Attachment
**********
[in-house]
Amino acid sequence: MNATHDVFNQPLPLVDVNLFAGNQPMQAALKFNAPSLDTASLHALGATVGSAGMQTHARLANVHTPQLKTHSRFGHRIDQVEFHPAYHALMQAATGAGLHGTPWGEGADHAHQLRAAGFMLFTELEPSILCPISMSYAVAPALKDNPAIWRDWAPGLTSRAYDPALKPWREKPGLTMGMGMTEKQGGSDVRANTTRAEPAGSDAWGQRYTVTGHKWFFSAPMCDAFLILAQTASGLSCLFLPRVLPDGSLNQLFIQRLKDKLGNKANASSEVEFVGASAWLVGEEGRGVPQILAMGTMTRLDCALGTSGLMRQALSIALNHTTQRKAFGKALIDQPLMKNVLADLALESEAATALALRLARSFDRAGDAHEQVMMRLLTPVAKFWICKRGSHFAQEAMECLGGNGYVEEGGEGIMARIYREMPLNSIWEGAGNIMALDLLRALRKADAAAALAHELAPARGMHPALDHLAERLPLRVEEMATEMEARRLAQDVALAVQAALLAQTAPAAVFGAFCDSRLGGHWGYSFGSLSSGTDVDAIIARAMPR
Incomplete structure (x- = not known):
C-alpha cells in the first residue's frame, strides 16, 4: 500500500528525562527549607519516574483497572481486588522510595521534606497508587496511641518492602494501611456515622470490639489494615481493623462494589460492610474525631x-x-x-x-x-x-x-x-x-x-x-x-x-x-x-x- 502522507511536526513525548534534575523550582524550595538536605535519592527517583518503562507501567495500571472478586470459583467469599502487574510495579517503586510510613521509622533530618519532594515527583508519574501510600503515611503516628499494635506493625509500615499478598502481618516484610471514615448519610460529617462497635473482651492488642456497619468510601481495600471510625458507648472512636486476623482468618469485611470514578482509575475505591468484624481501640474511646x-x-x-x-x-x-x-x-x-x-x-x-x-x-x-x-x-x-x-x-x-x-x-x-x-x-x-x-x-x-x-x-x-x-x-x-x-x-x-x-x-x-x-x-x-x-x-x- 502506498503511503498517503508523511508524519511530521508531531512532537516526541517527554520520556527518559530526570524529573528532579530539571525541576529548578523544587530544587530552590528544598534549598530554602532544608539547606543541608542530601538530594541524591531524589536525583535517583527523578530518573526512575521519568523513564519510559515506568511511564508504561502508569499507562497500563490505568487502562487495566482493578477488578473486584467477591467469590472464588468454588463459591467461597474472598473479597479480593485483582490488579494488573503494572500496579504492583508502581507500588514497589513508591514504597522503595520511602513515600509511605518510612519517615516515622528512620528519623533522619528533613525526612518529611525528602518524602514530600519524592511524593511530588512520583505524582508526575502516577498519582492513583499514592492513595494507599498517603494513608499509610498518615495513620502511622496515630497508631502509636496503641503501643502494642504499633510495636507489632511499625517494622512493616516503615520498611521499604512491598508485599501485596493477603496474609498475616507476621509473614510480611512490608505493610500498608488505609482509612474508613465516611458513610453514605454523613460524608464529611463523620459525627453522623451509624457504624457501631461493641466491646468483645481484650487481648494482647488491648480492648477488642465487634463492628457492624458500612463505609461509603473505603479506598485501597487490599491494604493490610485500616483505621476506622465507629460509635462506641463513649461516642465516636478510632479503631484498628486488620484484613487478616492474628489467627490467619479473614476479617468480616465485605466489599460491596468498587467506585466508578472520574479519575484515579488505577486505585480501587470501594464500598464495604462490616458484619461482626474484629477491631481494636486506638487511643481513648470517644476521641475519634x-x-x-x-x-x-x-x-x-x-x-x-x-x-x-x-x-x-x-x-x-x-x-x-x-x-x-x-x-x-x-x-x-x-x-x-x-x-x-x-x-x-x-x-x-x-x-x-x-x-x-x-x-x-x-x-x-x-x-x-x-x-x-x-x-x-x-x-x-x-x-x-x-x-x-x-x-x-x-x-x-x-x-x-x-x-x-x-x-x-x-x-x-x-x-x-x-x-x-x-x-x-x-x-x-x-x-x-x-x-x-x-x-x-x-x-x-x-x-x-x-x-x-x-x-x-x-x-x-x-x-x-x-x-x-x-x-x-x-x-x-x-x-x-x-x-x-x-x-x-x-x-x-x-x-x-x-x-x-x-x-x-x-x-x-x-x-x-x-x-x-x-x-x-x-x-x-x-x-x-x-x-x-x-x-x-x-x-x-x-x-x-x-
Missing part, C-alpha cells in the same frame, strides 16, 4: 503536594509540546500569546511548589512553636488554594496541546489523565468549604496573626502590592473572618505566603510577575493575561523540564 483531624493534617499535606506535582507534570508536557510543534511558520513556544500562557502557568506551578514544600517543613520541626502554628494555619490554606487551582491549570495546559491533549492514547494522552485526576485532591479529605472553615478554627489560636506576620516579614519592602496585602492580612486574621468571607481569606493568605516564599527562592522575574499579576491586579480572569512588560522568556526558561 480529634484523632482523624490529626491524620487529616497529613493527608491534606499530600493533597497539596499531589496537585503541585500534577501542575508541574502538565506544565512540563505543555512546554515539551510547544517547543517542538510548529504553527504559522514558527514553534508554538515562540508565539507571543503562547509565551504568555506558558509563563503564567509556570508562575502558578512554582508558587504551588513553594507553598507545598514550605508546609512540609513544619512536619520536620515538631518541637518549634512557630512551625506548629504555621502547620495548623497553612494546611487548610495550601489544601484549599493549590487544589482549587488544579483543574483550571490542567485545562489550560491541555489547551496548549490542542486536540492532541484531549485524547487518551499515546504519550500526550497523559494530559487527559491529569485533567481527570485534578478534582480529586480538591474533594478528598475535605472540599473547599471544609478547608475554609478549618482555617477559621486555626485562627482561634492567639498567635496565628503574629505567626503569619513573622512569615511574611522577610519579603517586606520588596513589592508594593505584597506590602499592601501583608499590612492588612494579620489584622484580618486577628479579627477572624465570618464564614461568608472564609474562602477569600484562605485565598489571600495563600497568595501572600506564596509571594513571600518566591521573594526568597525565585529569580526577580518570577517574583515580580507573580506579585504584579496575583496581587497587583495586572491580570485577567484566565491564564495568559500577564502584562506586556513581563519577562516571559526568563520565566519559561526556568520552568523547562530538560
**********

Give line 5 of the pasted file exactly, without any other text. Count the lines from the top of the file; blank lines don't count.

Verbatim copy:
Missing part, C-alpha cells in the same frame, strides 16, 4: 503536594509540546500569546511548589512553636488554594496541546489523565468549604496573626502590592473572618505566603510577575493575561523540564 483531624493534617499535606506535582507534570508536557510543534511558520513556544500562557502557568506551578514544600517543613520541626502554628494555619490554606487551582491549570495546559491533549492514547494522552485526576485532591479529605472553615478554627489560636506576620516579614519592602496585602492580612486574621468571607481569606493568605516564599527562592522575574499579576491586579480572569512588560522568556526558561 480529634484523632482523624490529626491524620487529616497529613493527608491534606499530600493533597497539596499531589496537585503541585500534577501542575508541574502538565506544565512540563505543555512546554515539551510547544517547543517542538510548529504553527504559522514558527514553534508554538515562540508565539507571543503562547509565551504568555506558558509563563503564567509556570508562575502558578512554582508558587504551588513553594507553598507545598514550605508546609512540609513544619512536619520536620515538631518541637518549634512557630512551625506548629504555621502547620495548623497553612494546611487548610495550601489544601484549599493549590487544589482549587488544579483543574483550571490542567485545562489550560491541555489547551496548549490542542486536540492532541484531549485524547487518551499515546504519550500526550497523559494530559487527559491529569485533567481527570485534578478534582480529586480538591474533594478528598475535605472540599473547599471544609478547608475554609478549618482555617477559621486555626485562627482561634492567639498567635496565628503574629505567626503569619513573622512569615511574611522577610519579603517586606520588596513589592508594593505584597506590602499592601501583608499590612492588612494579620489584622484580618486577628479579627477572624465570618464564614461568608472564609474562602477569600484562605485565598489571600495563600497568595501572600506564596509571594513571600518566591521573594526568597525565585529569580526577580518570577517574583515580580507573580506579585504584579496575583496581587497587583495586572491580570485577567484566565491564564495568559500577564502584562506586556513581563519577562516571559526568563520565566519559561526556568520552568523547562530538560